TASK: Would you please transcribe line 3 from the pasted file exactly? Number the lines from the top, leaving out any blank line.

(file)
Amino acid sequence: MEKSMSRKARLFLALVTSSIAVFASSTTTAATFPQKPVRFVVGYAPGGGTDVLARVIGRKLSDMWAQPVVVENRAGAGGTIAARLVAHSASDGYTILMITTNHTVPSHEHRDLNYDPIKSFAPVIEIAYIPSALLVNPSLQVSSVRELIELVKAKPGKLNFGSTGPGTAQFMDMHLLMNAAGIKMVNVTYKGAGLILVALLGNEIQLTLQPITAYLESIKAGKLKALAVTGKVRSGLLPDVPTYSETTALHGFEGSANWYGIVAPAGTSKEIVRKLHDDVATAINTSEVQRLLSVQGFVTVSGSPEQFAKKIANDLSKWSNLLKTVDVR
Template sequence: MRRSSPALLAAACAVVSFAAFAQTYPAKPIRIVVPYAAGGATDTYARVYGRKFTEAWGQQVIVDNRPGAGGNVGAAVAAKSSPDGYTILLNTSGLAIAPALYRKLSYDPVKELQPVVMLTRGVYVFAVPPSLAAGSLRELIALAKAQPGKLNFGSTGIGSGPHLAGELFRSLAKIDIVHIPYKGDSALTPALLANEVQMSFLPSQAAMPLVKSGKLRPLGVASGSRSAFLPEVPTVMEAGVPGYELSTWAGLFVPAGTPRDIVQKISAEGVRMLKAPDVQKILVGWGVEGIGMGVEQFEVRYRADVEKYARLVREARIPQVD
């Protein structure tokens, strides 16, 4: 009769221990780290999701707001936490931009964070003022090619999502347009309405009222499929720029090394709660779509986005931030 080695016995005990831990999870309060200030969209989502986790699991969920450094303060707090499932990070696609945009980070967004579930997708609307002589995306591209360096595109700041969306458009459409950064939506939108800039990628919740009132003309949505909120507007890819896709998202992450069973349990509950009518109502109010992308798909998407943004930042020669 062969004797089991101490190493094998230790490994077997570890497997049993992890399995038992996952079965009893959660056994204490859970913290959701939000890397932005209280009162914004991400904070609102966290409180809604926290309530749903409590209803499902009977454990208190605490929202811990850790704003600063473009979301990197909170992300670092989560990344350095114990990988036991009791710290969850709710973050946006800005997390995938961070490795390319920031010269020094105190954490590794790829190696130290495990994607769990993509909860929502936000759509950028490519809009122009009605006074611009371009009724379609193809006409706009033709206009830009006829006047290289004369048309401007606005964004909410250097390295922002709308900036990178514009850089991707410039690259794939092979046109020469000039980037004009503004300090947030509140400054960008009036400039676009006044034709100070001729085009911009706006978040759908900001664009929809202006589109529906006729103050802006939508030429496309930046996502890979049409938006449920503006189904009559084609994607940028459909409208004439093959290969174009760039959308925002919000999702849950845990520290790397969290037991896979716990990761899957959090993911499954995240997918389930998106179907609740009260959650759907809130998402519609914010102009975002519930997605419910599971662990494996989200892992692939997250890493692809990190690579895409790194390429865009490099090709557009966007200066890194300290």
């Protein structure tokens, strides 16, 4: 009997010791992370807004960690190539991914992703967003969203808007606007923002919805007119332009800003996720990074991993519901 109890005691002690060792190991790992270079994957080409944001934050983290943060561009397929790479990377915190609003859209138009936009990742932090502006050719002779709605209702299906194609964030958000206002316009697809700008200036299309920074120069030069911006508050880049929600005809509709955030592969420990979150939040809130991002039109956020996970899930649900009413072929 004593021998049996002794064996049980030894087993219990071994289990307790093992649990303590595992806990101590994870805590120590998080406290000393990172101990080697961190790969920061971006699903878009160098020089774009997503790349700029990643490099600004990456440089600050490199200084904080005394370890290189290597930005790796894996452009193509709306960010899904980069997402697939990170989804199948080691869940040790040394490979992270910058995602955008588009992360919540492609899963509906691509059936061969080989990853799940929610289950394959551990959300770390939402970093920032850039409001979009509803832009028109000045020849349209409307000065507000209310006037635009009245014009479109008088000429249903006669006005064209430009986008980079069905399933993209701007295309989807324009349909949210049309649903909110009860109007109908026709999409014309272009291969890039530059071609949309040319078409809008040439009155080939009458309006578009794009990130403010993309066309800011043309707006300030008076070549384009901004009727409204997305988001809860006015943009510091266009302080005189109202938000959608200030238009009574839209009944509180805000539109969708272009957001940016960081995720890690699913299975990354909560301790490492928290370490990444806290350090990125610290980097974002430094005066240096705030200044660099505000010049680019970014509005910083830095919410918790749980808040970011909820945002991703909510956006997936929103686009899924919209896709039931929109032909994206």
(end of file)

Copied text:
């Protein structure tokens, strides 16, 4: 009769221990780290999701707001936490931009964070003022090619999502347009309405009222499929720029090394709660779509986005931030 080695016995005990831990999870309060200030969209989502986790699991969920450094303060707090499932990070696609945009980070967004579930997708609307002589995306591209360096595109700041969306458009459409950064939506939108800039990628919740009132003309949505909120507007890819896709998202992450069973349990509950009518109502109010992308798909998407943004930042020669 062969004797089991101490190493094998230790490994077997570890497997049993992890399995038992996952079965009893959660056994204490859970913290959701939000890397932005209280009162914004991400904070609102966290409180809604926290309530749903409590209803499902009977454990208190605490929202811990850790704003600063473009979301990197909170992300670092989560990344350095114990990988036991009791710290969850709710973050946006800005997390995938961070490795390319920031010269020094105190954490590794790829190696130290495990994607769990993509909860929502936000759509950028490519809009122009009605006074611009371009009724379609193809006409706009033709206009830009006829006047290289004369048309401007606005964004909410250097390295922002709308900036990178514009850089991707410039690259794939092979046109020469000039980037004009503004300090947030509140400054960008009036400039676009006044034709100070001729085009911009706006978040759908900001664009929809202006589109529906006729103050802006939508030429496309930046996502890979049409938006449920503006189904009559084609994607940028459909409208004439093959290969174009760039959308925002919000999702849950845990520290790397969290037991896979716990990761899957959090993911499954995240997918389930998106179907609740009260959650759907809130998402519609914010102009975002519930997605419910599971662990494996989200892992692939997250890493692809990190690579895409790194390429865009490099090709557009966007200066890194300290």